IMC 2015: Sessions

Session 115: Reforms or Renewals?: Approaches to Change in Medieval Monasticism, I

Monday 6 July 2015, 11.15-12.45

Moderator/Chair:Jörg Sonntag, Sächsische Akademie der Wissenschaften zu Leipzig / Technische Universität, Dresden
Paper 115-aLa réforme monastique du Xe siècle vue de Saint-Géraud d'Aurillac (Cantal, France)
(Language: Français)
Sébastien Fray, Centre d'Histoire Espaces et Cultures, Université Blaise Pascal, Clermont-Ferrand II
Index terms: Historiography - Medieval, Language and Literature - Latin, Monasticism, Religious Life
Paper 115-bThe Renewal of the Church with Military Orders in Bologna, Italy: Templars, Knights of the Blessed Virgin Mary, Cross-Bearers
(Language: English)
Giampiero Bagni, School of Arts & Humanities, Nottingham Trent University
Index terms: Crusades, Military History, Religious Life
Paper 115-cBeing 'Fit to Preach': The Disappearance of Disability in Monastic Reform Movements
(Language: English)
Irina Metzler, Centre for Medieval & Early Modern Research (MEMO), Swansea University / Projekt 'Homo Debilis', Universität Bremen
Index terms: Ecclesiastical History, Mentalities, Monasticism, Social History
Abstract

Paper -a:
Odon de Cluny a été abbé d’Aurillac dans la décennie 930, d’où la construction d’un récit historique traditionnel de réforme d’Aurillac par Cluny. Or, l’examen des sources suggère une réalité bien plus complexe: l’arrivée d’Odon à Aurillac relève de l’arrachement du monastère à la parenté du fondateur et du basculement d’un réseau monastique à un autre. De plus, l’étude approfondie d’un certain nombre de documents contemporains permet d’affirmer que l’action réformatrice d’Odon au Sud de la Loire s’est appuyée sur Saint-Géraud comme relais: à Chanteuges comme à Saint-Pons-de-Thomières, c’est d’Aurillac que viennent les moines sur lesquels s’appuie Odon. Après le décès de ce dernier, on assiste en revanche à un repli de l’abbaye d’Aurillac sur ses enjeux locaux, temporels et monumentaux.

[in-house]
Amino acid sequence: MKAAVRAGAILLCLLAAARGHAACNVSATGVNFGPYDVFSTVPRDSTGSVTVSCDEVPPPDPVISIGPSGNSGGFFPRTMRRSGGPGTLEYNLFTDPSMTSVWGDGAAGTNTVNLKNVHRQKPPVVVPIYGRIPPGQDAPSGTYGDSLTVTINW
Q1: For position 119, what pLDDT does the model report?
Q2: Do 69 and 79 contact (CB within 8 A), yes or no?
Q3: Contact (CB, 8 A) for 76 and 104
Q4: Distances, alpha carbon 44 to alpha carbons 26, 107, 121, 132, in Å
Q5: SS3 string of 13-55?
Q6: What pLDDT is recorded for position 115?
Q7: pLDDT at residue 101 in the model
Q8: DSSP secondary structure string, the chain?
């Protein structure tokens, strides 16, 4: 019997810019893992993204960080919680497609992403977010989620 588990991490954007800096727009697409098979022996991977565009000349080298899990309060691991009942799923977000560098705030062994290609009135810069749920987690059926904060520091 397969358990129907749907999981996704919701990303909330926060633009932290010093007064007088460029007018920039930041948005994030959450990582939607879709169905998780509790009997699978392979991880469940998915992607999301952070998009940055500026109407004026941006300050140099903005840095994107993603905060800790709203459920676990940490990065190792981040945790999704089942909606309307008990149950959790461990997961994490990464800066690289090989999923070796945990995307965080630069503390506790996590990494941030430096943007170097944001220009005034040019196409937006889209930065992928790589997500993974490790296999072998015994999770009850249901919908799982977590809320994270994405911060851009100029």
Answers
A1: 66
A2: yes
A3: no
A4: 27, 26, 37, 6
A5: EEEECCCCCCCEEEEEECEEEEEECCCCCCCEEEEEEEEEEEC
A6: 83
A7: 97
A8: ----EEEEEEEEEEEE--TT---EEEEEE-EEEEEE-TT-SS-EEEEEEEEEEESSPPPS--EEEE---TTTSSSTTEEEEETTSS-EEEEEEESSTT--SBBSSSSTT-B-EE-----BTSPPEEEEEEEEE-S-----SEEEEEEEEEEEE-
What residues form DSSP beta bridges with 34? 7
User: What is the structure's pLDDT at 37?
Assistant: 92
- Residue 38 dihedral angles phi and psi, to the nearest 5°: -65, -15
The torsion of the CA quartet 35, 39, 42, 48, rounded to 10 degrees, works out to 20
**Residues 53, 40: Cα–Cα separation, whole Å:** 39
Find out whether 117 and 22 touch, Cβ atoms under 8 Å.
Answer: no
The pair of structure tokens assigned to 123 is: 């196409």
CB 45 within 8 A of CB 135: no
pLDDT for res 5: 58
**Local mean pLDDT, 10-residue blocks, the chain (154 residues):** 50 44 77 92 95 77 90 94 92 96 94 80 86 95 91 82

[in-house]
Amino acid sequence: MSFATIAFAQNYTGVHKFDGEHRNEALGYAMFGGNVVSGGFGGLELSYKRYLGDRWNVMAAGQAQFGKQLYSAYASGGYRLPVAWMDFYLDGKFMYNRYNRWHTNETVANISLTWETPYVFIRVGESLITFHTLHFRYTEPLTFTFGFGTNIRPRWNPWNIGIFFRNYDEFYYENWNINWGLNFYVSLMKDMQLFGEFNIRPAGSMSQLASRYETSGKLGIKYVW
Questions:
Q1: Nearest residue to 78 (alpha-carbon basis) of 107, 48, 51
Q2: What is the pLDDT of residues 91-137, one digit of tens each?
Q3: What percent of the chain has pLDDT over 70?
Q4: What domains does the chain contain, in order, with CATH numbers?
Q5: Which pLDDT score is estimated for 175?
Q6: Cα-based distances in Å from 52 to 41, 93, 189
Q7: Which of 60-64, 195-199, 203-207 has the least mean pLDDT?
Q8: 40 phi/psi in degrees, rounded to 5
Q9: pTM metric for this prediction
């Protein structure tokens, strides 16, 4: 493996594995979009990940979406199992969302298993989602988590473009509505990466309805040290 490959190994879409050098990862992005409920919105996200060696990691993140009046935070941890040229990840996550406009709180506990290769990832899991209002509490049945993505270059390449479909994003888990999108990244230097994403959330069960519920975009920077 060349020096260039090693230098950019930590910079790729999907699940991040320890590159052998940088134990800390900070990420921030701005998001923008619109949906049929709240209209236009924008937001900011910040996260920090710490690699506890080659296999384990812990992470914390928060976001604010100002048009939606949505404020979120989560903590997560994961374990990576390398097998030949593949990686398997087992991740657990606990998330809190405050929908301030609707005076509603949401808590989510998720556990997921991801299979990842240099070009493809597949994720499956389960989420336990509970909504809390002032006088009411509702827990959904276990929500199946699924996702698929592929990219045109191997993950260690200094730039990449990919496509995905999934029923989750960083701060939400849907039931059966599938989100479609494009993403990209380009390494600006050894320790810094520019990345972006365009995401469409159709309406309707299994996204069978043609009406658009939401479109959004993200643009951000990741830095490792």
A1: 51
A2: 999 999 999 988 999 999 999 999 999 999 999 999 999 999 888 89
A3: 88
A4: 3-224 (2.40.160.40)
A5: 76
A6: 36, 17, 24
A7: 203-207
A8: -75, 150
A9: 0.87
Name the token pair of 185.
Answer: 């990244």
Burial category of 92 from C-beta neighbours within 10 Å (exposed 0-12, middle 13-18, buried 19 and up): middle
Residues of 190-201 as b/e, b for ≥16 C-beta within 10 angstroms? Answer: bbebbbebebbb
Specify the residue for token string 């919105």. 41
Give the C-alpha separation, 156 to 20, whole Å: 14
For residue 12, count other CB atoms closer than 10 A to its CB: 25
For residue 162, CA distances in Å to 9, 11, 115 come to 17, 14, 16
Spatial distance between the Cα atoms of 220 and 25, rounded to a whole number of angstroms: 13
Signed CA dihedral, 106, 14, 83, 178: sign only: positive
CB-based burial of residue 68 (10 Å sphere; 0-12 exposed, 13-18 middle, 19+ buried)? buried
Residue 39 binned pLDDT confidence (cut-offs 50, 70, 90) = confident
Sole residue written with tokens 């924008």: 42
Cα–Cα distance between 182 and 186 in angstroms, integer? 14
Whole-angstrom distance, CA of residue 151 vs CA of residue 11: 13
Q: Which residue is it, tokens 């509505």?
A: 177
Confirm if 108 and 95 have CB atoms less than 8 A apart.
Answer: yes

Paper -b:
This research studies the Templar house of Bologna and all its possible connections with other Military Orders during the 13th century. In particular this paper focuses on the contemporary presence and the connections between the Knights Templar, that host in Bologna one of their main characters, Peter from Bologna, the Knights of the Holy Virgin Mary, a military Order born in Bologna, and the Cross-Bearers (Crucifers), that had their main house also in Bologna.

Paper -c:
The mendicant orders and their idea of being ‘fit to preach’ (A. Montford) contrast with their perception of the slovenly, lax, and all too liberal established monastic orders. The problem of disabled monks in monasteries (Ulrich of Zelle and his image of oblates like members of a freak show) of the old style were contrasted with the reformist zeal of the new orders. As reformers, they have to set an example, and one of the things they focus on is a far stricter interpretation of the concept of sacerdotal idoneity, especially since the friars, as preachers, have to be ordained priests, whereas the majority of the Benedictine or any other cloistered, older monastics are simply regular clergy who have taken vows (chastity, obedience etc.) but not holy orders. Thus physical impairments become disabilities in the modern sense, of discriminating against membership of the mendicant orders.